Oil fell in New York before a U.S. government report today that may show that stockpiles of crude declined less than analysts forecast last week, raising skepticism about growth in the world’s biggest economy.
Futures declined as much as 1 percent after a separate industry report showed inventories fell 81,000 barrels. Analysts surveyed by Bloomberg News indicated the Energy Department will say supplies fell 1.83 million barrels. Federal Reserve Chairman Ben Bernanke will hold a press conference today following a meeting of the Federal Open Market Committee in Washington.
“Statements from Bernanke regarding the state of the U.S. economy after the FOMC meeting are likely to be a decisive factor for the crude oil market development today,” Filip Petersson, Stockholm-based commodity strategist at SEB AB said. “We expect a relatively bleak picture and no indications of further support efforts.”
Crude for August delivery on the New York Mercantile Exchange fell as much as 93 cents to $93.24 a barrel in electronic trading and was at $93.65 at 1:35 p.m. London time. The contract yesterday climbed 54 cents to $94.17. Futures have risen 21 percent in the past year.
Brent oil for August delivery was at $110.84 a barrel, down 11 cents, on the London-based ICE Futures Europe exchange. The European benchmark contract traded at a premium of $17.19 a barrel to U.S. futures. The difference between front-month contracts in London and New York reached a record close of $22.29 on June 15.
Oil pared losses earlier after Greek Prime Minister George Papandreou won a confidence vote in Parliament early this morning, bolstering his government’s chances of pushing through reforms to secure more international financial aid.
The Greek vote “opens the way for the implementation of crucial austerity measures,” David Wech, Vienna-based head of research at JBC Energy GmbH said. “The worst-case scenario of a near-term default of the Southern European country seems to be off the table, at least for the time being.”
U.S. crude stockpiles slipped 81,000 barrels to 362.9 million last week, according to the industry-funded American Petroleum Institute yesterday. The Energy Department report today may show supplies fell 1.83 million barrels, according to the median forecast of 16 analysts surveyed by Bloomberg News.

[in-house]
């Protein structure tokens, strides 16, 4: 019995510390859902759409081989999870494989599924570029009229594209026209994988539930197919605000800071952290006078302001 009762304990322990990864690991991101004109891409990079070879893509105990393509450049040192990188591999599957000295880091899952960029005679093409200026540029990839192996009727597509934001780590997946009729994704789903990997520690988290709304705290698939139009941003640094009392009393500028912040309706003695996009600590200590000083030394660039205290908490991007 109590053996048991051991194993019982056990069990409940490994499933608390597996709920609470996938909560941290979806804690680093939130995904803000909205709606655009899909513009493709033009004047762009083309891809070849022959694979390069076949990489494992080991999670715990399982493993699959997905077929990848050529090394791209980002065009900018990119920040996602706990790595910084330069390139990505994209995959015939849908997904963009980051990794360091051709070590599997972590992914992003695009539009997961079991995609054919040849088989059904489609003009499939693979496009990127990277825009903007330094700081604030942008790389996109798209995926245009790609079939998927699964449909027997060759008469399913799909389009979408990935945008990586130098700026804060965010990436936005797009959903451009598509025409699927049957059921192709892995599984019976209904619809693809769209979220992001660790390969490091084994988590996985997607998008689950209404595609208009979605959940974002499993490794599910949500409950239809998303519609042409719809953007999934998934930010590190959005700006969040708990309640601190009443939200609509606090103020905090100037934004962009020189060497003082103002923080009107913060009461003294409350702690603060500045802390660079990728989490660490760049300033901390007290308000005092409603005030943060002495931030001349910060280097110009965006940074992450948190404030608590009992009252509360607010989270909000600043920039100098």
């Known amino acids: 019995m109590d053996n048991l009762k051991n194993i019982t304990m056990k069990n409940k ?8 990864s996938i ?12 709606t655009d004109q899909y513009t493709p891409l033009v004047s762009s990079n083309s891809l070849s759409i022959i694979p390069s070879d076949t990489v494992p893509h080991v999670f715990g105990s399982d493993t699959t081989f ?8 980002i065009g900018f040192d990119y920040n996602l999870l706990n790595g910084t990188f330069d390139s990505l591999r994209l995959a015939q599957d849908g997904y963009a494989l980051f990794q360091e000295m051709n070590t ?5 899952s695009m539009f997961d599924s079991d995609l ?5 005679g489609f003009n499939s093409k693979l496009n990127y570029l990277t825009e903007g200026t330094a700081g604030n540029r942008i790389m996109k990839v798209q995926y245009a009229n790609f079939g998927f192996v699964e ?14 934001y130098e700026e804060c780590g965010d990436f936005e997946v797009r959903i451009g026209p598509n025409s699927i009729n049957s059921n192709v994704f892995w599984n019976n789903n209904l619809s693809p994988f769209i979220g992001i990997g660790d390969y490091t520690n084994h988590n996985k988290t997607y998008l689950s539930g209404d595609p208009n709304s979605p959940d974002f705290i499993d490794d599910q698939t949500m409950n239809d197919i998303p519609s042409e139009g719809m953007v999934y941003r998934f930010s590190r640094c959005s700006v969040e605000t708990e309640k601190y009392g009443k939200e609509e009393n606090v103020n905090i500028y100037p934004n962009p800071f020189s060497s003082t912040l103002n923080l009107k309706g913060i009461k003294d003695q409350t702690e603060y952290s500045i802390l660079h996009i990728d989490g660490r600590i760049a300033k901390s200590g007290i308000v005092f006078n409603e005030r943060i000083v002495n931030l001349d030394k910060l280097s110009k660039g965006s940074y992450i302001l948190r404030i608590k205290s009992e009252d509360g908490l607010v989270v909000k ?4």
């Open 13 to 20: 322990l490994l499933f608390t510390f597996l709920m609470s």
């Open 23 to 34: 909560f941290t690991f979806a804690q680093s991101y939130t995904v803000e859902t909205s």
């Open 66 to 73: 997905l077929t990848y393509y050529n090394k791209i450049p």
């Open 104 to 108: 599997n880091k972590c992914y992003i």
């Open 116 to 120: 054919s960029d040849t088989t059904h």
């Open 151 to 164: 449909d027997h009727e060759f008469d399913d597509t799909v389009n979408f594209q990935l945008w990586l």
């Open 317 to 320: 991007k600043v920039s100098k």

Oil-supply totals from the API and the Energy Department have moved in the same direction 72 percent of the time over the past year. The API collects information on a voluntary basis from operators of refineries, bulk terminals and pipelines. The government requires that reports be filed with the Energy Department for its weekly survey.
Oil prices are likely to remain “choppy” in the near-term as the market reacts to a slowdown in economic growth, before rising again in the second half of the year amid increasing demand, Goldman Sachs said in an e-mailed report dated June 21.
Crude in New York tumbled as much as 0.8 percent yesterday after David Fyfe, head of the IEA’s industry and markets division, said that the agency is seeing signs Saudi Arabian oil production is rising.
Fyfe’s comments follow a June 8 meeting of the Organization of Petroleum Exporting Countries at which members failed to reach a consensus on Saudi Arabia’s proposal to raise output to curb prices around $100 a barrel in New York. The kingdom is OPEC’s largest producer and has the bulk of its spare capacity.